You did it! You made it through your degree program and now have your diploma in hand. As you’re about to enter the workforce, it’s time to think about financial planning in a new way. This includes planning for the future and dealing with any student loans. Check out the tips below to help you with financial planning after graduation.
Go For Your Dreams
Upon graduation, many doors will open for you. To help you decide which ones you want to walk through, you need a plan. Sit down and list everything you want to do in the next five years. This includes careers, personal goals, adventures, etc.
Keep these in mind as you’re applying for jobs and looking through job offers. Be sure to take a position that will offer the growth and opportunities for advancement you’re looking for and any benefits you’ll need to help you reach those personal goals.
Become a Master at Budgeting as Part of Financial Planning after Graduation
No matter how much money you make, having – and sticking to – a budget will be more important now than it ever was before. Whether you’re saving for a house, traveling, or simply want to avoid landing in credit card debt, knowing how much money you make and how to allocate it will help you get there.
There are many budgeting apps, bookkeeping software, and other systems available to help with budgeting. Choose a system and technology that works for you and be consistent.
Plan for Emergencies
Life happens. Cars break down. Injuries or other unexpected situations arise. You can be ready if you have an emergency fund when they do. To start, aim for $1000 set aside for emergencies. Then, as you remove your debt burden, you can grow that to six months or a year’s worth of money set aside.
You may also want to create sinking funds that have money set aside for things like car repairs, buying a new vehicle with cash, a downpayment on a house, home repairs, or vacation.
Start Saving for Retirement as Part of Financial Planning after Graduation
The sooner you start doing this, the better. If your employer offers a 401(k), take advantage of it. If you have the money taken directly out of your paycheck from day one, you’ll never miss it. If a 401(k) isn’t an option, you can work with a financial planner to open a Roth IRA.
Also, be sure to talk with a financial planner about the best investment strategy for you.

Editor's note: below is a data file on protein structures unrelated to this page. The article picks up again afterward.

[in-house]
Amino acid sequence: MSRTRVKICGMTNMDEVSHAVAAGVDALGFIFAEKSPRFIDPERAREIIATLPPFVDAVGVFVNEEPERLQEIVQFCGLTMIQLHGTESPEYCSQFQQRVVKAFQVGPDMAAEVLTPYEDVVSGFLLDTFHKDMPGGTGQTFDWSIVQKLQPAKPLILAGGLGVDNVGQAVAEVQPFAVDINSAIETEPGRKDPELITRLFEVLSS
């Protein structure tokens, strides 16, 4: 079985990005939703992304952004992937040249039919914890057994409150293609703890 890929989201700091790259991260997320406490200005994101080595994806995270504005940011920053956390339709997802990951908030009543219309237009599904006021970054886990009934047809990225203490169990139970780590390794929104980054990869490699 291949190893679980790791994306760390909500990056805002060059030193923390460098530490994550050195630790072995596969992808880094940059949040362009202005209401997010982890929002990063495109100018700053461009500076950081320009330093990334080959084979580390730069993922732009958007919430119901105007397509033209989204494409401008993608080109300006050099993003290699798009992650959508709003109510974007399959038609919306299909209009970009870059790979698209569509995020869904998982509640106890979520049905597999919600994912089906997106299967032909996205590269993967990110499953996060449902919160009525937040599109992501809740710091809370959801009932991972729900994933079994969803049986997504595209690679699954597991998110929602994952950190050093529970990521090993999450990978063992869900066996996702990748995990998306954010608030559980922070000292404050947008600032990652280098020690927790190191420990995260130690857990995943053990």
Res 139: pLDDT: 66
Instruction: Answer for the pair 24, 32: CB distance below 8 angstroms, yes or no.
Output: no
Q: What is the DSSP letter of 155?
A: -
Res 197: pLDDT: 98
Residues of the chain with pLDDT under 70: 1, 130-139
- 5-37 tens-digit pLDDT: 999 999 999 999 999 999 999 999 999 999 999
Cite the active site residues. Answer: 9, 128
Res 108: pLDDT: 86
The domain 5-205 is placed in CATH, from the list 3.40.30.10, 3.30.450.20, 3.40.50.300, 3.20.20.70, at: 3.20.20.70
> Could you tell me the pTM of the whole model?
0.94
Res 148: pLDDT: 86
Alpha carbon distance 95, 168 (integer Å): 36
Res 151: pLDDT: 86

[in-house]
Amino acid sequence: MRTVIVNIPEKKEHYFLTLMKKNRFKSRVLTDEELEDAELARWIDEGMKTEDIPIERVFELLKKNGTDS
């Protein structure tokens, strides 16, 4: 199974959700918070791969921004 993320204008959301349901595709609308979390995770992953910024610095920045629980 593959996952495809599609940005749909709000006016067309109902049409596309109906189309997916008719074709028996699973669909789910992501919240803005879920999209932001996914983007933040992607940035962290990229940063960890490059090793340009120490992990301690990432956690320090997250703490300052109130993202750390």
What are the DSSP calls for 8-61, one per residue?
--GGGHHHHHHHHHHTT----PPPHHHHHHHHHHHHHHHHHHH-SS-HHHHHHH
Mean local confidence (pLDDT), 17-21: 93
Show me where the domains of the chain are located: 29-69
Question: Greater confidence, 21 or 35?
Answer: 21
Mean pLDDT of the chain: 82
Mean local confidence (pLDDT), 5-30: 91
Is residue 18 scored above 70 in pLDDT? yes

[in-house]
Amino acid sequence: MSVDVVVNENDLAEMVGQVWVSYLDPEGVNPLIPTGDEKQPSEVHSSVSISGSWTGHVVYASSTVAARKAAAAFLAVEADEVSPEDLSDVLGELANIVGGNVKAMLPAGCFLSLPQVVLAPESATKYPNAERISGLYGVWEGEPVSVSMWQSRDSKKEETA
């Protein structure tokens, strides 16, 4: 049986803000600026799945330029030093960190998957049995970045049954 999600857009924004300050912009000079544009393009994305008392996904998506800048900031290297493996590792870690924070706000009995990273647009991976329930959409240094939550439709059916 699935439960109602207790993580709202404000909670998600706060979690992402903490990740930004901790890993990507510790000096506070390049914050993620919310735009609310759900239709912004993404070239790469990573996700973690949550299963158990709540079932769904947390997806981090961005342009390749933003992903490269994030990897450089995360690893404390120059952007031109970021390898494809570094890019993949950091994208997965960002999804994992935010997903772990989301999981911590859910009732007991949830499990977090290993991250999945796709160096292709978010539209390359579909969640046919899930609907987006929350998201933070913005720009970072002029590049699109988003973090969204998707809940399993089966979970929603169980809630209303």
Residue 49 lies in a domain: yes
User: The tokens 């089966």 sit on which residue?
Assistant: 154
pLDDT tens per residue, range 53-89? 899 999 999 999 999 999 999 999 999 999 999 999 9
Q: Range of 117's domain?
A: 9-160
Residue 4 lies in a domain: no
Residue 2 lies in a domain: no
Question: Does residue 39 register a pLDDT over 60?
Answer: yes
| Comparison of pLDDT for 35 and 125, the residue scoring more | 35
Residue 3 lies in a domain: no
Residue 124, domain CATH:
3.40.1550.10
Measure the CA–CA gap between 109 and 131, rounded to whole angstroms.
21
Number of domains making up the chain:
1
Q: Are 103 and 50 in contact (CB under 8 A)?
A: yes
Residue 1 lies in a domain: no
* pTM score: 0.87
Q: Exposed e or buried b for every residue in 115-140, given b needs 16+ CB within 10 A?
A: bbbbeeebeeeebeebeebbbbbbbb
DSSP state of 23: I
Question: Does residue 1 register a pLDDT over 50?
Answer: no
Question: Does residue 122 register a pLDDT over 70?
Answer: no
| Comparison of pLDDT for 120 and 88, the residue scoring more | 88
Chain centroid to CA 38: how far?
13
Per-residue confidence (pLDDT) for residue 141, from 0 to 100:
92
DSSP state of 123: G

Make a Plan to Pay Off Your Student Loans
Student loans underwritten by the government are automatically deferred for six months. Hopefully, this gives you time to find a job. But, once you do, paying off your loans needs to be a top priority.
Consider using bonuses and tax refunds to pay them off more quickly. Also, consider living a very bare-bones lifestyle until you’re debt-free.
Another option is loan consolidation. This allows you to combine all your student loans into one by taking out one large consolidation loan and paying off the rest. In many cases, it can mean your student loan debt is less expensive and more manageable. Be sure you know if your loans are private, through the government, or a combination, as the consolidation options may vary.
Be aware that there are pros and cons to loan consolidation (not refinancing).
- You’re still able to take advantage of income-based repayment plans
- Single payment each month
- Negotiate terms to help you avoid defaulting on your loans
- One fixed interest rate
- Lower payments
- Different repayment schedule options, which you can choose and change at any time
- It’s a new loan, making it eligible for forbearance and deferment options
- No minimum or maximum amount for consolidation
- Helps protect your credit by making repayment simpler (just one bill each month)
- Set up automatic payments each month to ensure you never miss a payment
- Some banks offer a loan discount if you do this
- Pay more interest over time
- Could hinder or block opportunities for financing things like a home or car
- Higher than average interest rate based on the weighted average used to determine your new interest rate
- Loans from private institutions can’t be consolidated through the Federal Loan Consolidation program
- May lose some benefits such as Public Service Loan Forgiveness and Perkins Loans. Be sure you read and understand all the terms and conditions before you agree to anything
- That six-month grace period disappears
- Any specific lender benefits go away
- One-shot deal. If interest rates drop after you consolidate, you’re out of luck
Talk to a financial planner to help you decide if loan consolidation is best for you.
Congratulations on getting your degree! What’s one question you have about managing money in this next chapter of your life? Let us know in the comments, and we’ll do our best to answer it.